A Most Special Gift

December 20, 1997
by Grant Muir

2 Corinthians 9:15 – Thank God for his gift that is too wonderful for words. (CEV)

A Christmas gift for a bride-to-be has to be just right. The year was 1948. Jean and I were engaged. Now it was time to get an engagement Christmas present. The choice was easy. It was a cedar-lined hope chest, the biggest and the best available. On Christmas morning it was presented with all the pomp and ceremony appropriate for this once-in-a-lifetime occasion. I was ecstatic. Everything had worked out perfectly. The Christmas before, I had given her a string of pearls. For me it was not a big deal. A friend had helped me choose them and had assured me that she would like them.

A few days ago I asked Jean what she remembered about the hope chest. The truth came out. Whatever words of pleasure she may have spoken in 1948, her real feelings were, "What am I going to do with that big thing?" She had a very small apartment 90 miles away in Toronto. How was she ever going to get it there, let alone find a place to put it. Then, suddenly, she blurted out a genuine appreciation for the pearls. I had completely forgotten them.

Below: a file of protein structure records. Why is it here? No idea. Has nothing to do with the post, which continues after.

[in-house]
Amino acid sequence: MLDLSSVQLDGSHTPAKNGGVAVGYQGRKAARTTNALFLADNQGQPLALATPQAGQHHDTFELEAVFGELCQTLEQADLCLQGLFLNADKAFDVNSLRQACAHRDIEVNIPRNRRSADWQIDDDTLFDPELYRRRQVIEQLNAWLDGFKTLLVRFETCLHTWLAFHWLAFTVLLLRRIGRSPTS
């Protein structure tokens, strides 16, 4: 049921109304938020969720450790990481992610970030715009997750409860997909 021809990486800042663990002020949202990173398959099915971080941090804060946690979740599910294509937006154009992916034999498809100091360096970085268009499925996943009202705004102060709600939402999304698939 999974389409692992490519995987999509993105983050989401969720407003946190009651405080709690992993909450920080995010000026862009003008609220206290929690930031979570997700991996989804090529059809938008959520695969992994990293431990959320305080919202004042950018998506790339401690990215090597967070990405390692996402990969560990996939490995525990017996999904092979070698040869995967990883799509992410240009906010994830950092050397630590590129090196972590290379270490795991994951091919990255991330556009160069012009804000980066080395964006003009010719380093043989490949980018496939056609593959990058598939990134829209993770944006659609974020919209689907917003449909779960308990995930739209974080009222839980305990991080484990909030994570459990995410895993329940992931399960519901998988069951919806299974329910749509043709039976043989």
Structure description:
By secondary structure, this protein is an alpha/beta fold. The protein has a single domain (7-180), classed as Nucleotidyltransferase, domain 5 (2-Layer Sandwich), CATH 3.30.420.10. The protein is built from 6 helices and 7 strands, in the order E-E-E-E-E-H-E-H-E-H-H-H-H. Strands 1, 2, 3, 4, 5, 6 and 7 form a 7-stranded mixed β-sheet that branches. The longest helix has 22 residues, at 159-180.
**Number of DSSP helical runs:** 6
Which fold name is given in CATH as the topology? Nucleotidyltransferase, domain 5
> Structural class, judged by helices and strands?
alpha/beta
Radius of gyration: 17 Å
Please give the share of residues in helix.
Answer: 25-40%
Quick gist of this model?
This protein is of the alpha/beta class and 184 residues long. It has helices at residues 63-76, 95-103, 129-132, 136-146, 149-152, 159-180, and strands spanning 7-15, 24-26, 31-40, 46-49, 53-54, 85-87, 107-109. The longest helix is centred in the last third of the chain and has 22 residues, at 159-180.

So much for all the scrambling and chatter about our giving and receiving of Christmas gifts. One person's delight and treasure may be another person's pain. That is what can make Christmas a time of stress and exhaustion instead of the occasion for peace and joy that God intended. Our best hope for keeping Christmas with its true meaning is to listen again and again to the simple words by Paul: "Thank God for his gift that is too wonderful for words." His gift; that's the secret. But it may come in so many ways.

The phone rings. A cheery voice asks, "How are you this morning? Did you have a better night? The pain has gone?" Good! We will keep praying. We love you." That was Sarah. She checks in every day.

Another call comes. Another cheery voice assures, "Jim and I will be over this morning to finish putting in the wood." It was Stewart. He and Jim help with odd jobs year-round. One more call. It is Mary. She and Jack will take you shopping this afternoon.

Thank God for his gift; the gift of his own life and Spirit; his own loving and caring in human flesh. He was in the Child of Bethlehem, of course, but also in Sarah down the road, in Stewart around the corner; in Mary and Jack across from the school. We hang up the phone. We feel strangely elated. We feel warm and happy inside. Someone cares after all. Thank God for his gift of himself that is indeed too wonderful for words.

Prayer: Our great and gracious God and Father, we thank you for the gift of yourself in our friends and fellow believers. It is truly too wonderful for words. Please open our eyes to recognize your very real presence wherever you choose to reveal yourself. Through Jesus Christ your Son and our Saviour. Amen.

About the author:

Grant Muir
(deceased)

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